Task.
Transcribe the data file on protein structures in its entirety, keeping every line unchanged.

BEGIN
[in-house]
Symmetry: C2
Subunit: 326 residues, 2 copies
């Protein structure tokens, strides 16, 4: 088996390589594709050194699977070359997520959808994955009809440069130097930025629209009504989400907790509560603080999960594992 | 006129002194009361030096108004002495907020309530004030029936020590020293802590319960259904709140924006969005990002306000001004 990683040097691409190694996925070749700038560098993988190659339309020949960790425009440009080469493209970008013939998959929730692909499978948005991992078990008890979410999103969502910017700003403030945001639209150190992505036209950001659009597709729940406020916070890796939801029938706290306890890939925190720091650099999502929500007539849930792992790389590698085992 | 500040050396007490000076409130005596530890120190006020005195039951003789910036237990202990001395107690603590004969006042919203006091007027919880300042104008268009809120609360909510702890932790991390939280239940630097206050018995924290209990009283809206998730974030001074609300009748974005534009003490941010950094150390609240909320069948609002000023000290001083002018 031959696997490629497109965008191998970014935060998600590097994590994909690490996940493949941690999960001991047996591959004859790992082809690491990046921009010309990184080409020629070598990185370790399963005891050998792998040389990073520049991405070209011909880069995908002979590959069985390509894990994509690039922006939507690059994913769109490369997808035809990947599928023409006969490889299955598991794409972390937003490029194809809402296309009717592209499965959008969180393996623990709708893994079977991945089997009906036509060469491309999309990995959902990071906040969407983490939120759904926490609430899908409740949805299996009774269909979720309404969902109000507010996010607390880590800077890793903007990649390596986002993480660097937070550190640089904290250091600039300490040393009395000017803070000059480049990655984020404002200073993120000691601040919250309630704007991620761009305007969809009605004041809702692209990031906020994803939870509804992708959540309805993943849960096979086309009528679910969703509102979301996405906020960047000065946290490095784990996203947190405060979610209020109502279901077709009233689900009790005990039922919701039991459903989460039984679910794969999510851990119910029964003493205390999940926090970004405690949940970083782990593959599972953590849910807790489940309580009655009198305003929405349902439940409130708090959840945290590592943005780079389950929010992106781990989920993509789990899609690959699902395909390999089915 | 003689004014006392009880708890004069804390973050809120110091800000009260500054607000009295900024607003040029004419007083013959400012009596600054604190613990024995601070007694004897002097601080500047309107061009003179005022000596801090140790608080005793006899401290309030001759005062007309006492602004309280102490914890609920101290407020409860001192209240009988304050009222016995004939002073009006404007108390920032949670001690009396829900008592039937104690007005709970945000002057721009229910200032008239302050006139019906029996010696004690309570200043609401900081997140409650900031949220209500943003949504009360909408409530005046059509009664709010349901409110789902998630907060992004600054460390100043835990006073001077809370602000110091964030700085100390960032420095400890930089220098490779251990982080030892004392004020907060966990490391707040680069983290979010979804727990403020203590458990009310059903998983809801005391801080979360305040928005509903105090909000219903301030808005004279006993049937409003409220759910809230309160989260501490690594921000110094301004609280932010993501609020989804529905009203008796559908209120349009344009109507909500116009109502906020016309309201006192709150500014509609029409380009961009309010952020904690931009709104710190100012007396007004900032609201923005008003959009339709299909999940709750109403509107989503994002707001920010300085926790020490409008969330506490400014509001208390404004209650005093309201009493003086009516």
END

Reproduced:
[in-house]
Symmetry: C2
Subunit: 326 residues, 2 copies
């Protein structure tokens, strides 16, 4: 088996390589594709050194699977070359997520959808994955009809440069130097930025629209009504989400907790509560603080999960594992 | 006129002194009361030096108004002495907020309530004030029936020590020293802590319960259904709140924006969005990002306000001004 990683040097691409190694996925070749700038560098993988190659339309020949960790425009440009080469493209970008013939998959929730692909499978948005991992078990008890979410999103969502910017700003403030945001639209150190992505036209950001659009597709729940406020916070890796939801029938706290306890890939925190720091650099999502929500007539849930792992790389590698085992 | 500040050396007490000076409130005596530890120190006020005195039951003789910036237990202990001395107690603590004969006042919203006091007027919880300042104008268009809120609360909510702890932790991390939280239940630097206050018995924290209990009283809206998730974030001074609300009748974005534009003490941010950094150390609240909320069948609002000023000290001083002018 031959696997490629497109965008191998970014935060998600590097994590994909690490996940493949941690999960001991047996591959004859790992082809690491990046921009010309990184080409020629070598990185370790399963005891050998792998040389990073520049991405070209011909880069995908002979590959069985390509894990994509690039922006939507690059994913769109490369997808035809990947599928023409006969490889299955598991794409972390937003490029194809809402296309009717592209499965959008969180393996623990709708893994079977991945089997009906036509060469491309999309990995959902990071906040969407983490939120759904926490609430899908409740949805299996009774269909979720309404969902109000507010996010607390880590800077890793903007990649390596986002993480660097937070550190640089904290250091600039300490040393009395000017803070000059480049990655984020404002200073993120000691601040919250309630704007991620761009305007969809009605004041809702692209990031906020994803939870509804992708959540309805993943849960096979086309009528679910969703509102979301996405906020960047000065946290490095784990996203947190405060979610209020109502279901077709009233689900009790005990039922919701039991459903989460039984679910794969999510851990119910029964003493205390999940926090970004405690949940970083782990593959599972953590849910807790489940309580009655009198305003929405349902439940409130708090959840945290590592943005780079389950929010992106781990989920993509789990899609690959699902395909390999089915 | 003689004014006392009880708890004069804390973050809120110091800000009260500054607000009295900024607003040029004419007083013959400012009596600054604190613990024995601070007694004897002097601080500047309107061009003179005022000596801090140790608080005793006899401290309030001759005062007309006492602004309280102490914890609920101290407020409860001192209240009988304050009222016995004939002073009006404007108390920032949670001690009396829900008592039937104690007005709970945000002057721009229910200032008239302050006139019906029996010696004690309570200043609401900081997140409650900031949220209500943003949504009360909408409530005046059509009664709010349901409110789902998630907060992004600054460390100043835990006073001077809370602000110091964030700085100390960032420095400890930089220098490779251990982080030892004392004020907060966990490391707040680069983290979010979804727990403020203590458990009310059903998983809801005391801080979360305040928005509903105090909000219903301030808005004279006993049937409003409220759910809230309160989260501490690594921000110094301004609280932010993501609020989804529905009203008796559908209120349009344009109507909500116009109502906020016309309201006192709150500014509609029409380009961009309010952020904690931009709104710190100012007396007004900032609201923005008003959009339709299909999940709750109403509107989503994002707001920010300085926790020490409008969330506490400014509001208390404004209650005093309201009493003086009516």